Meet another patient

Watsi logo blueWatsi

Success! Phea Rum from Cambodia raised $143 to fund hardware removal surgery.

Phea Rum
100%
  • $143 raised, $0 to go
$143
raised
$0
to go
Fully funded
Phea Rum's treatment was fully funded on August 31, 2017.

Photo of Phea Rum post-operation

July 7, 2017

Phea Rum underwent hardware removal surgery.

Phea Rum’s treatment for his clavicle went well. Following the procedure, he was given pain medication and antibiotics. He had two weeks of physiotherapy at CSC before being discharged. Phea Rum’s shoulder feels better and he does not experience any pain.

Phea Rum’s mother says, “Thanks to CSC and the donors for helping my son. Now he can use his shoulder without any pain.”

Phea Rum's treatment for his clavicle went well. Following the procedure, he was given pain medication and antibiotics. He had two weeks of ...

Read more
May 16, 2017

Phea Rum is a 21-year-old from Cambodia who works as a house guard. In his spare time, he enjoys listening to music and playing football.

He was in a motorcycle accident on May 6 that resulted in a fractured clavicle, or collarbone. He immediately received surgical care, and hardware was placed to help in healing. This hardware is now causing him pain and discomfort. Surgery to remove the hardware is crucial to ensure further complications, such as infections, don’t occur. The procedure is scheduled for May 16.

Phea was told about our medical partner, Children’s Surgical Centre, by a neighbor who received care from them previously. He traveled three hours from home to the care facility with hopes of receiving help. The $149 amount needed for the surgery covers medical, hospital, and surgeon/physician fees.

This treatment will alleviate his pain in the previously-fractured area and is also a preventative measure for future medical problems.

Phea Rum is a 21-year-old from Cambodia who works as a house guard. In his spare time, he enjoys listening to music and playing football. ...

Read more

Phea Rum's Timeline

  • May 16, 2017
    PROFILE SUBMITTED

    Phea Rum was submitted by Lindsay Bownik, Stakeholder Relations Officer at Children's Surgical Centre.

  • May 16, 2017
    TREATMENT OCCURRED

    Phea Rum received treatment at Kien Khleang National Rehabilitation Centre in Cambodia. Medical partners often provide care to patients accepted by Watsi before those patients are fully funded, operating under the guarantee that the cost of care will be paid for by donors.

  • June 2, 2017
    PROFILE PUBLISHED

    Phea Rum's profile was published to start raising funds.

  • July 7, 2017
    TREATMENT UPDATE

    Phea Rum's treatment was successful. Read the update.

  • August 31, 2017
    FULLY FUNDED

    Phea Rum's treatment was fully funded.

Funded by 2 donors

Funded by 2 donors

Treatment
ORIF / Fracture
  • Cost Breakdown
  • Diagnosis
  • Procedure
On average, it costs $143 for Phea Rum's treatment
Hospital Fees
$49
Medical Staff
$81
Medication
$5
Supplies
$8
  • Symptoms
  • Impact on patient's life
  • Cultural or regional significance

​What kinds of symptoms do patients experience before receiving treatment?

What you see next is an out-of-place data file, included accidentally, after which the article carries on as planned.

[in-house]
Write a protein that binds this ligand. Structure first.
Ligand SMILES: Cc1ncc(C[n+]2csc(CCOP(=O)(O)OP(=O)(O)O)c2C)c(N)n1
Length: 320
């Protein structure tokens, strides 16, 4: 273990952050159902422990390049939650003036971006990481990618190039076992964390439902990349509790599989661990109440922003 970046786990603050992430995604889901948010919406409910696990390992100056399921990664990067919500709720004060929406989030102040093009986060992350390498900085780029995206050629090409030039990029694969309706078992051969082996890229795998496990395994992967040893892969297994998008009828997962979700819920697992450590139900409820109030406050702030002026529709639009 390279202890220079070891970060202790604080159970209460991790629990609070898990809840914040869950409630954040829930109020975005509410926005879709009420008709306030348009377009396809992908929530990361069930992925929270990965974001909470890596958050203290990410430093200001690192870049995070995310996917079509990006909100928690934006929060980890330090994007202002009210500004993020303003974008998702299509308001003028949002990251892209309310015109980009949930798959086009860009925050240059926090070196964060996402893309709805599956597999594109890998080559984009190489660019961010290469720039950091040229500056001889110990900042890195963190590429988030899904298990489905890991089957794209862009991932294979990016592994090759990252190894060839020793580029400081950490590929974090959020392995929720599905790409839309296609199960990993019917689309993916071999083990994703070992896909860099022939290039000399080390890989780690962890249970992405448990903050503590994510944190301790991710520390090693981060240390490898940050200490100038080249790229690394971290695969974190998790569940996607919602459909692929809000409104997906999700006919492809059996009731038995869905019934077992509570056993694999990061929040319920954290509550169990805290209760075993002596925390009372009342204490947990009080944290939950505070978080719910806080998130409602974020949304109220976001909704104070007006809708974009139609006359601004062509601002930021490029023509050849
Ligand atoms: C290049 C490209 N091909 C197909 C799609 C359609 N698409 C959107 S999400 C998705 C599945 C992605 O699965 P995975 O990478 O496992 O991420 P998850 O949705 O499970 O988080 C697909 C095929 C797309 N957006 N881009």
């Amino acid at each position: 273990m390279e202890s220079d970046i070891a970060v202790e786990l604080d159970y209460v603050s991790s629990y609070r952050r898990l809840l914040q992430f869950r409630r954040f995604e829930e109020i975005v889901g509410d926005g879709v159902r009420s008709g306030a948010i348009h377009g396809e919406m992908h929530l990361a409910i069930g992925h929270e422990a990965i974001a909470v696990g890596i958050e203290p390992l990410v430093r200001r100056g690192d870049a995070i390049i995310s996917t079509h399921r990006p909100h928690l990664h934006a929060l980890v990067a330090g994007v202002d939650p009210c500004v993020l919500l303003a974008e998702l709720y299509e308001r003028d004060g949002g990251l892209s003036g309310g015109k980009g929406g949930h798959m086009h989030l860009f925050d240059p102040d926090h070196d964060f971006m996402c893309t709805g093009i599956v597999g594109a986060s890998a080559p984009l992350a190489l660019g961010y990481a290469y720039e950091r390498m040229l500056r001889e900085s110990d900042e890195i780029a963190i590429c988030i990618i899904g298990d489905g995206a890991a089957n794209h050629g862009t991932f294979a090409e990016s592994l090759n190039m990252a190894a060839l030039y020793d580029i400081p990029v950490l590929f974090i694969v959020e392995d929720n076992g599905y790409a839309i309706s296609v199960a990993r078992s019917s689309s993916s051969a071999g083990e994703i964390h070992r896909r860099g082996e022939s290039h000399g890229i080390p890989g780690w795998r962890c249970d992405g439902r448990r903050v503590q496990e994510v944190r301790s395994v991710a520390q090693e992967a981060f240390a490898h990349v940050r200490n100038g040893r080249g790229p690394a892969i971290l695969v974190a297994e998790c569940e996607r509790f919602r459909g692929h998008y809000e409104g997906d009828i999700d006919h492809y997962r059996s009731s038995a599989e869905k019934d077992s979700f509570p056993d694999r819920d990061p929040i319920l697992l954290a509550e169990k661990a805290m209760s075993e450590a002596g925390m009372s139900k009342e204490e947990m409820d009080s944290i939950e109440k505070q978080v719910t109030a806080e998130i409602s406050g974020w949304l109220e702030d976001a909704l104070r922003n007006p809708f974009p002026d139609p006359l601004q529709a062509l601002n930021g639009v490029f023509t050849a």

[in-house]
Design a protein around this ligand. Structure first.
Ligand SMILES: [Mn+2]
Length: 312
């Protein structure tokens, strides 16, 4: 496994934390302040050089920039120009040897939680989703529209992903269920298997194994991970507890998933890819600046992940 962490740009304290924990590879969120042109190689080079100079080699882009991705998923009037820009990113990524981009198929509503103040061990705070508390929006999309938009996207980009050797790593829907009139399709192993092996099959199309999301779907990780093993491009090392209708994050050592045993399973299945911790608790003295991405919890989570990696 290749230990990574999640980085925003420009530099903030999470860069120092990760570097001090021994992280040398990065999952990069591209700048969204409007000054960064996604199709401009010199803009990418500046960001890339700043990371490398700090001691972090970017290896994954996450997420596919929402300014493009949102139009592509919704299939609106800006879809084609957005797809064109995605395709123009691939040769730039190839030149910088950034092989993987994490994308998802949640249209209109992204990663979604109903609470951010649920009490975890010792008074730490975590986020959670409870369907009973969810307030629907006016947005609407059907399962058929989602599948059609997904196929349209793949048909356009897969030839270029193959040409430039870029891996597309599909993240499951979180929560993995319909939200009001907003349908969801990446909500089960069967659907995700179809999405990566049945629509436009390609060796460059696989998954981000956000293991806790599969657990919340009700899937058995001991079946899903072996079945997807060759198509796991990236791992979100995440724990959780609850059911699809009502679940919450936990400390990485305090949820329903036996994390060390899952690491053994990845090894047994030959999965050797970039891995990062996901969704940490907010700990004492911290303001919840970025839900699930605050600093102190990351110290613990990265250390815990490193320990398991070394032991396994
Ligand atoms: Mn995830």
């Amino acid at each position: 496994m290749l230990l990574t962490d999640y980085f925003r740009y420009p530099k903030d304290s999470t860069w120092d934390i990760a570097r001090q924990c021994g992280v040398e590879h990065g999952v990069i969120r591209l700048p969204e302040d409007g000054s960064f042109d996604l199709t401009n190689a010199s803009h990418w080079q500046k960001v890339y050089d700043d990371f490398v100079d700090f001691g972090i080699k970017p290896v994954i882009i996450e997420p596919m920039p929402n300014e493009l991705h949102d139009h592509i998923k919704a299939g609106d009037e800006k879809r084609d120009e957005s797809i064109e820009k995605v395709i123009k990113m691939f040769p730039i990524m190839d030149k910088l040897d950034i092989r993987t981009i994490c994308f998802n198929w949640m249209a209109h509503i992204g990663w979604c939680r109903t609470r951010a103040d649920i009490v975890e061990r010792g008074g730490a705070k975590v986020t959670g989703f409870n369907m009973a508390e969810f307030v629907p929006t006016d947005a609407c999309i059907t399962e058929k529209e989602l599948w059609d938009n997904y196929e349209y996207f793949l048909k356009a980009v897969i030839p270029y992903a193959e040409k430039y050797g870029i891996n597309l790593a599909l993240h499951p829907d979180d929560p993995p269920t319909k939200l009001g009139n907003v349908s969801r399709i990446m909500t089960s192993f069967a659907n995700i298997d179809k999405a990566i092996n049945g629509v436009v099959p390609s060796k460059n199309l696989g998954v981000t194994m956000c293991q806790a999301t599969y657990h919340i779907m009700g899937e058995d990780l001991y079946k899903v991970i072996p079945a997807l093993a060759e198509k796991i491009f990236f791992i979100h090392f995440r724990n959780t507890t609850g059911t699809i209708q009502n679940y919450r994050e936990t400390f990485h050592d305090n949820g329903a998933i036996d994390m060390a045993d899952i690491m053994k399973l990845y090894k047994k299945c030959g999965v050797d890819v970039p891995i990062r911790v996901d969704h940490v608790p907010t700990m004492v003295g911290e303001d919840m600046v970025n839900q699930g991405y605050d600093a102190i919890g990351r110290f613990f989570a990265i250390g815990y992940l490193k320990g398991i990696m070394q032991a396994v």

Patients who experience painful fractures or recurrent dislocations need ORIF (open reduction internal fixation) surgeries to heal the injuries. Most often, these fractures and dislocations result from traffic accidents. ORIF procedures require the insertion of metal plates, screws, or rods to stabilize the bones while they heal. Bowleg procedures also require the insertion of hardware, such as staples, in order to realign the legs. Bowleg can be caused both by genetics and by vitamin and mineral deficiencies. However, surgeons may decide to remove the hardware. The most common reason for hardware removal is pain or loss of mobility and range of motion around the ORIF site. Other reasons include infection, nerve damage, incomplete healing of the bone, or an allergy to the implant.

​What is the impact on patients’ lives of living with these conditions?

Living with hardware fixation causes pain, limits function, and can interfere with daily activities.

What cultural or regional factors affect the treatment of these conditions?

There is a high rate of traffic accidents in Cambodia because of a lack of helmet usage and weak enforcement of traffic laws. These accidents cause many of the fractures and bone dislocations that our medical partner sees.

  • Process
  • Impact on patient's life
  • Risks and side-effects
  • Accessibility
  • Alternatives

What does the treatment process look like?

During an ORIF procedure, the deformed or broken bone is correctly aligned into its normal position. Steel rods, screws, or plates are used to keep the bone fracture stable and allow it to heal. Sometimes, bone grafting is needed to promote healing. During hardware removal, surgeons use the previous incisions to find and remove the hardware. In some cases, additional incisions are made to safely perform the operation.

What is the impact of this treatment on the patient’s life?

Patients will experience restored function and mobility. They will also have reduced pain. Patients can be independent again and return to work, school, and family life.

What potential side effects or risks come with this treatment?

This surgery is low-risk and extremely effective.

How accessible is treatment in the area? What is the typical journey like for a patient to receive care?

Rural Cambodians often self-medicate or seek treatment from traditional healers because they cannot afford treatment at local clinics or hospitals. Many patients are referred to CSC by word of mouth.

What are the alternatives to this treatment?

There is no alternative to this treatment.

Meet another patient you can support

100% of your donation funds life-changing surgery.

Meet another patient you can support

100% of your donation funds life-changing surgery.